I however, am always looking for a quick fix when it comes to my indulgences, and cinema offers me that. I only need around 100 minutes to smash out a new story, so cinema will always be my number one drug of choice when it comes to entertainment. I do find it really hard to squeeze in a lot of reading when I am so often glued to the screen watching things, but I do still read around 15 books a year, a bit more than one a month, which isn't too bad really.
There is always one major downfall when it comes to reading the book before you see the movie version, it very rarely, if ever, lives up to the epic-ness of the book. You just can't get all of the inner dialogue and depth into a movie, so it often falls really short and you leave the cinema feeling ripped off, driving everyone else mad with your diatribes about how inaccurate the characters were and how they totally fucked up the ending.
Every now and again, some brilliant director picks up a book and actually gets it right, not often, but once and a while it does happen. Last night I had one such moment, I had already read the book, had high expectations, sat down and prepared for let down, and.... well, you can read for yourself.
Release Date: 2015
Running Time: 105 mins
Yes! Finally! A movie that was as good as the book, and also a film that has two teenagers, one of which is dying of cancer, and no one is hooking up, can I get an Amen? This film is fantastic, I adored it, it is an exceptionally well cast coming-of-age movie that has the right mix of quirky characters and odd insight to make it a winner. Already being a huge fan of the novel written by Jesse Andrews, I did have high expectations of this, and I was not disappointed by Alfonso Gomez-Rejon's sensitive directorial efforts here, which won him a standing ovation when it premiered at the 2015 Sundance Film Festival and the U.S. Grand Jury Prize: Dramatic and also the Audience Award for U.S. Drama.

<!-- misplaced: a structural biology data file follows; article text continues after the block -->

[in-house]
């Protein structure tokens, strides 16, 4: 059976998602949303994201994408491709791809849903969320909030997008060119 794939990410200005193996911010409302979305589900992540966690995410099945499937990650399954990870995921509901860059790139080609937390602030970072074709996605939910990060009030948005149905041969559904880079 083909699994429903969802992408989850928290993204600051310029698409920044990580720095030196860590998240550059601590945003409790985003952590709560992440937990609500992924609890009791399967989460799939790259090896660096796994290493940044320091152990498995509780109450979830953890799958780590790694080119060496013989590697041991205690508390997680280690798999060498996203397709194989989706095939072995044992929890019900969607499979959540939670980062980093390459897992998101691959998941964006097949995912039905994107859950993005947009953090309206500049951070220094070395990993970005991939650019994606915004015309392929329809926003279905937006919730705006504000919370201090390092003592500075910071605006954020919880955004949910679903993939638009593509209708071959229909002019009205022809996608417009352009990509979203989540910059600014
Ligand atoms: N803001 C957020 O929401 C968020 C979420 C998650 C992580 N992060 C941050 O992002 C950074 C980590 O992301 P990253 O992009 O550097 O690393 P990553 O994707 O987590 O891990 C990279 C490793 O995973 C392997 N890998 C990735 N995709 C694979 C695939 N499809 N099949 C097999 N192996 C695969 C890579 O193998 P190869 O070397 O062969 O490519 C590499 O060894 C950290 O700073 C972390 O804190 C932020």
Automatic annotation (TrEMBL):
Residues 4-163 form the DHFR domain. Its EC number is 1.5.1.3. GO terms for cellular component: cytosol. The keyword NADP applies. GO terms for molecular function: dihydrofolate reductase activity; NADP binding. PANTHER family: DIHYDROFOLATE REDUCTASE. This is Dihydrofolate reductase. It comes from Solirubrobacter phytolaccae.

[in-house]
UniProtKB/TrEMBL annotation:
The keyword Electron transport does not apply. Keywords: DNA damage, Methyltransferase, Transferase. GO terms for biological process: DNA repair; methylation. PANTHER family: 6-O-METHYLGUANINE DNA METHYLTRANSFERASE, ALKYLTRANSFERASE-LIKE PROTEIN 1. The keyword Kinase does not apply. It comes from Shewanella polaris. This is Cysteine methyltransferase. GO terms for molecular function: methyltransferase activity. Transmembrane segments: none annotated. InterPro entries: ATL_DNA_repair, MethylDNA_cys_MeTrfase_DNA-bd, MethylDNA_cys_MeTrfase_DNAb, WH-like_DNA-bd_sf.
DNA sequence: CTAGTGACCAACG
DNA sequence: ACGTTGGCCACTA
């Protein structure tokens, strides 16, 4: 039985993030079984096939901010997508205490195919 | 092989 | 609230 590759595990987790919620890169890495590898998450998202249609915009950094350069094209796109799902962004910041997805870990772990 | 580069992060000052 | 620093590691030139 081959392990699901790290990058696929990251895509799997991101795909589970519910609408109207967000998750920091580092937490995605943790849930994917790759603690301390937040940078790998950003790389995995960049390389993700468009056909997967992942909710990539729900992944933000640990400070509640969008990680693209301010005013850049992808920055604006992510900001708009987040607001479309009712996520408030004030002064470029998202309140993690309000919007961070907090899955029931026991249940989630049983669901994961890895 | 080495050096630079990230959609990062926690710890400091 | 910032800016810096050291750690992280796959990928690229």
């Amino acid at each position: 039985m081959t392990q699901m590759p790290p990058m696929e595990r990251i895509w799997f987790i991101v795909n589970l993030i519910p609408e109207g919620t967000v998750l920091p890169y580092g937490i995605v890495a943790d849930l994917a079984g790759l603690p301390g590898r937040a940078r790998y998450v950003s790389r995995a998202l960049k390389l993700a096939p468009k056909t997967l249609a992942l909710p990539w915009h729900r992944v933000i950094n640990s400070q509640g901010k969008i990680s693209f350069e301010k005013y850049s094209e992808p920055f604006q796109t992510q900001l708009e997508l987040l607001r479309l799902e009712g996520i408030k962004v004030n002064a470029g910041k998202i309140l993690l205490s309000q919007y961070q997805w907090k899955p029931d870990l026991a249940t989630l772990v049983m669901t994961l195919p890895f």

Self loathing jokester Greg (Thomas Mann) drifts from one school clique to another, never committing to any one group. He and his long time co-worker Earl spend their free time recreating classic movies into short film parodies to amuse themselves. However, Greg's insular world is about to be altered when his mother makes him befriend Rachel (Olivia Cooke), a fellow student that has been diagnosed with leukemia.
This film really hit a sweet note for me, mostly because it was believable, which teen drama often isn't at all, and also the two boys love for classic cinema really endeared me. RJ Cyler, although not on screen nearly enough, was epic as Earl, easily my favourite character, which is a tough call since every single character has some chestnut of information to share here. This is just really beautiful story telling that shouldn't be missed.
FINAL SAY: I have no idea what I am doing.
4.5 Chili Peppers